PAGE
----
You steped in before I did but I have to ask if this would be a topic of discussion if the wines in question were made by Jimmie's wine shack from Nowhere North Carolina. I don't think the reaction to Parker's word choice would be so negative in this case.
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Re: WTN/Wine Advisor: Parker swings, misses (ESJ's 2005 lineup)

Postby Florida Jim » Fri Dec 07, 2007 5:15 pm

Brian Gilp wrote: . . . Jimmie's wine shack from Nowhere North Carolina.


Ouch.
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Re: WTN/Wine Advisor: Parker swings, misses (ESJ's 2005 lineup)

Postby Brian Gilp » Fri Dec 07, 2007 5:23 pm

Ouch.


Whoops. You even have a place in NC don't you? Fill in any name you like. Not directed to anyone in particular. Just trying to make the point that the respect that Steve has is likely largely responsible for the response to Parker's word choice. If the same review was directed at a less respected operation, the uproar would not be so great.
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Re: WTN/Wine Advisor: Parker swings, misses (ESJ's 2005 lineup)

Postby wrcstl » Fri Dec 07, 2007 6:01 pm

Robin Garr wrote:I understand, Walt, and I hope that was clear from my column: I respect RMP's right to dislike this style of wine (although I think it's unfortunate to base <I>scores</i> on personal preference rather than a more objective assessment of flaws.


Robin,
I think what you are asking of a reviewer is impossible. How can we give a high score to a wine that we do not like? This is why I think the number rating is useless but the desciption is of great value. You may be a better man than I but when I taste a CF from the Loire I seldom ever give it a good numberical score but many really like this type of wine. I can say it has hints of green pepper and angular flavors which may be correct and what you are looking for and that is what is important. When I taste an oaky chard I can hardly drink it and certainly would not rate it well but my description would say "oak, butter and vanilla" and that may be exactly what you are looking for. All reviewers, IMO, have biases, RP is just positioned as the "god" and we are the people who elevated him. Give the guy credit, he filled a void; a person to rate wines for people who are too lazy to form their own opinion. If my palate preferences were similar to RP's I would probably be a lemming.
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Re: WTN/Wine Advisor: Parker swings, misses (ESJ's 2005 lineup)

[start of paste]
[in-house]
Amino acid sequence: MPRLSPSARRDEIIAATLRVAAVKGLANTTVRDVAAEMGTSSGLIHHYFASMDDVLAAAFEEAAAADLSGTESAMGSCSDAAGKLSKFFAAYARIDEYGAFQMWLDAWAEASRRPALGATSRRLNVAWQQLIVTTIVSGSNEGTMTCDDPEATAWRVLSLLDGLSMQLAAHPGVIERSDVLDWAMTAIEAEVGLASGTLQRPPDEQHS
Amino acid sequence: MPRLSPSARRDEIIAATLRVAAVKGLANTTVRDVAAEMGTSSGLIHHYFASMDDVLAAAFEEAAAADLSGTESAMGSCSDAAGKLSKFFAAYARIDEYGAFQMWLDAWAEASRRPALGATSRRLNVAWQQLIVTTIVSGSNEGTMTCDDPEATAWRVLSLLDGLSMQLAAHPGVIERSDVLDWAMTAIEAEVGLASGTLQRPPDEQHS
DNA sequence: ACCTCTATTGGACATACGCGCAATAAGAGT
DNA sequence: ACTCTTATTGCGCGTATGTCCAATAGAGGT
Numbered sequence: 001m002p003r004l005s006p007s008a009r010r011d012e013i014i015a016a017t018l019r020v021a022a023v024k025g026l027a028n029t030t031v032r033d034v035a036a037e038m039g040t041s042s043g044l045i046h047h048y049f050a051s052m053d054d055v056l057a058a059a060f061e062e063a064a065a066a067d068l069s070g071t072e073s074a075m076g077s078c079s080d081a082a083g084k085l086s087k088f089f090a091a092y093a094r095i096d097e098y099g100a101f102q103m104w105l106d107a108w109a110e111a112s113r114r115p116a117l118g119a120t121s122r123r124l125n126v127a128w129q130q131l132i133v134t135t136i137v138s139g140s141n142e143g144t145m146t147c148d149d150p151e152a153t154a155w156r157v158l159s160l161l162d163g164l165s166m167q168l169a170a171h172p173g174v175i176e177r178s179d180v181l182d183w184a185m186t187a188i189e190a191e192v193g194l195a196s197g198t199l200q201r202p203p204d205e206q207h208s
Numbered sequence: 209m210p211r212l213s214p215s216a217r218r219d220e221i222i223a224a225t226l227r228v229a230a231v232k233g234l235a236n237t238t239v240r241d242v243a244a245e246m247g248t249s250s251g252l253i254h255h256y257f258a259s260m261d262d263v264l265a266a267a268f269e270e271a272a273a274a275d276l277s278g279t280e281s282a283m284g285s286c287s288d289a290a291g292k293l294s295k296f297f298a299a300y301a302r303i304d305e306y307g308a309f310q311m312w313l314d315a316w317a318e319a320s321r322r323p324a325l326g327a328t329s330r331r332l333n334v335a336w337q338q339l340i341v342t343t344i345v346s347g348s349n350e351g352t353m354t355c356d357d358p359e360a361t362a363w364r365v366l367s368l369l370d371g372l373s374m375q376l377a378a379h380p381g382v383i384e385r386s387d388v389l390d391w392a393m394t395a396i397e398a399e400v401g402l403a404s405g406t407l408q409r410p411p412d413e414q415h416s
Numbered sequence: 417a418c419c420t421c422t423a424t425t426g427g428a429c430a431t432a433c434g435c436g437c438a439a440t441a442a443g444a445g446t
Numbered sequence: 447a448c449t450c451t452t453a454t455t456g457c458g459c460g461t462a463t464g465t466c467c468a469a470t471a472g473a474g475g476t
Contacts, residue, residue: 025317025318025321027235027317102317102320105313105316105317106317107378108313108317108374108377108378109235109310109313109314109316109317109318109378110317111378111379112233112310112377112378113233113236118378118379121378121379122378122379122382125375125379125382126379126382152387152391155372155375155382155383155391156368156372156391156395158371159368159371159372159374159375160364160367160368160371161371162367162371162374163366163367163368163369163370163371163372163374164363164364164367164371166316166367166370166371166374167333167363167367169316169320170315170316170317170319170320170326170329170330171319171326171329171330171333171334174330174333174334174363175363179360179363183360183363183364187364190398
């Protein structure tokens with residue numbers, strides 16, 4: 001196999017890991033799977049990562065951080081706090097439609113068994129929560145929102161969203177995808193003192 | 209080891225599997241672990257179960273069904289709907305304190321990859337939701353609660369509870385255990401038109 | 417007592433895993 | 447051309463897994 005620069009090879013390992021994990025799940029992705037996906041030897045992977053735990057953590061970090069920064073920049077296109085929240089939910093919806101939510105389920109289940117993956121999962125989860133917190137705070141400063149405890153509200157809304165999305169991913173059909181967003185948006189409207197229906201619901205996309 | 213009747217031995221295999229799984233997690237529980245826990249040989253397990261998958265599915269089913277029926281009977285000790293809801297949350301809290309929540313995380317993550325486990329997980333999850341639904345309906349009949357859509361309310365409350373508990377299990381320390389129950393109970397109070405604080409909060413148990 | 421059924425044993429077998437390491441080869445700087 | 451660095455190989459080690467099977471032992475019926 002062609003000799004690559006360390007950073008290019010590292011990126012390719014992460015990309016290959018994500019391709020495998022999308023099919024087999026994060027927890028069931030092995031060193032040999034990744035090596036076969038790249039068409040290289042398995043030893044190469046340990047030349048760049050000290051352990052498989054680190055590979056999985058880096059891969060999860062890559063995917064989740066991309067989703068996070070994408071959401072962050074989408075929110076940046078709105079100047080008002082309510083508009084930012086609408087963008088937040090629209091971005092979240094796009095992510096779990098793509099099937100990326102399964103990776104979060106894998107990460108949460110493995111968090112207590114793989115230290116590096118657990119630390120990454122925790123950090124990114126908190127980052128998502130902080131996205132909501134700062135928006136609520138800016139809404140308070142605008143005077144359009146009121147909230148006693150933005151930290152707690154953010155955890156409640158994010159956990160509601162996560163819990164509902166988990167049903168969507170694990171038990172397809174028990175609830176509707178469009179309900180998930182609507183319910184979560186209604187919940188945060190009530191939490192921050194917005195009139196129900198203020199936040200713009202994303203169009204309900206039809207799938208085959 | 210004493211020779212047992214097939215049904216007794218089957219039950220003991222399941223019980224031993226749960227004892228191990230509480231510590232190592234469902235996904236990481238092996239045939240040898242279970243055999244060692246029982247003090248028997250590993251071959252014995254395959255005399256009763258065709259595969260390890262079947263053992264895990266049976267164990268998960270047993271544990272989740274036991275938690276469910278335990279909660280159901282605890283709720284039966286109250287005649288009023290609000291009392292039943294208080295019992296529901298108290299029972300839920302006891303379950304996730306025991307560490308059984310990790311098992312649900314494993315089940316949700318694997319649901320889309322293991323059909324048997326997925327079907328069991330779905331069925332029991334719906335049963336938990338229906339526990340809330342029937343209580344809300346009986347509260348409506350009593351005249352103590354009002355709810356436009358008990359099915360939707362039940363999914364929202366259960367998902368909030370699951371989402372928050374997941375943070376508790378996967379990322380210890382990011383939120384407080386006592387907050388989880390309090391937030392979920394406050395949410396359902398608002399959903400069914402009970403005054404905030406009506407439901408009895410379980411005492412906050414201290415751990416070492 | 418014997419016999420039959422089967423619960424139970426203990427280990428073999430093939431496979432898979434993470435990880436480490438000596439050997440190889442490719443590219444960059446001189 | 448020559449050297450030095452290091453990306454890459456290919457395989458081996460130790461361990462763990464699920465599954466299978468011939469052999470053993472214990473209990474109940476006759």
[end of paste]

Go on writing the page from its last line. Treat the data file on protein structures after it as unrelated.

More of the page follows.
Postby Robin Garr » Fri Dec 07, 2007 7:03 pm

wrcstl wrote:I think what you are asking of a reviewer is impossible. How can we give a high score to a wine that we do not like?


Walt, it may seem counter-intuitive, but seriously, wine judges - and any decent wine critic - can and does do exactly this. Judging wine on the basis of competent wine making and the avoidance of flaws is a completely different matter than judging wine on the basis of what you like. It's a fairly well-established craft, and competition scoring systems are designed to render a judgment - and a score - based on wine-making criteria, not hedonistic pleasure. That's the only way I can work the Kentucky State Fair, for instance, and fairly judge hybrids or labrusca.

This is why I think the number rating is useless but the desciption is of great value.


I agree personally ... that's why I don't use a number rating in my writing. But I do <i>try</i> to write about wines first on the basis of wine making and flaws, with personal preference mentioned, if at all, only as an afterthought.
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Re: WTN/Wine Advisor: Parker swings, misses (ESJ's 2005 lineup)

Postby John Tomasso » Fri Dec 07, 2007 8:54 pm

I really enjoyed this edition of the advisor.
The Rocks and Gravel is a wine I could drink every night - if someone wants to calibrate to my palate they need only open a bottle of this. I also think this wine drinks well right out of the chute - contrary to what another poster opined, though it certainly improves with some bottle age.

I agree also on the Wylie - Fenaughty......I find it's the perfect blend of serious and fun, and with a few years on it, it becomes one hell of a bottle of wine, especially for the money.

I have more bottles of Steve's wines in my cellar than any other single producer, and I've yet to regret buying a single bottle.
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Re: WTN/Wine Advisor: Parker swings, misses (ESJ's 2005 lineup)

Postby David M. Bueker » Fri Dec 07, 2007 8:59 pm

Walt,

Certainly three reviewers (in this case Parker, Raynolds and Garr) can come to differing assessments on the quality of the wines. That's fine. IF I am reading Robin correctly (and I hope I am since we have discussed this a bit), his issues lies much more with the "low brow" and "where's the beef" type of comments, which are, for the most part, out of character for Parker. I've seen a similar voice only a very few times in the Wine Advocate (Mount Mary & some 2003 Germans (Rovani reviews for the Germans) spring to mind), so it seems very much out of place. It's harsh and unecessary, as the actual wine description and score convey his feelings adequately without resorting to insults.

I am a big fan of Steve Edmunds' wines, so I am not the objecive voice here, but my respect for Parker went down a tick because of the way he went about conveying his point. He's better than that.
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Re: WTN/Wine Advisor: Parker swings, misses (ESJ's 2005 lineup)

Postby Rahsaan » Fri Dec 07, 2007 9:02 pm

Oliver McCrum wrote:I love the idea that anyone making wine with decent acidity in CA is trying to be 'French.' Bollocks.


I agree. I've said over and over again that Steve's wines don't seem French to me (although that may be my bias towards Northern France), and that the ESJ wines speak volumes about sunny CA goodness, balanced with acidity and grace..

Obviously there is more than one way to make wine in CA.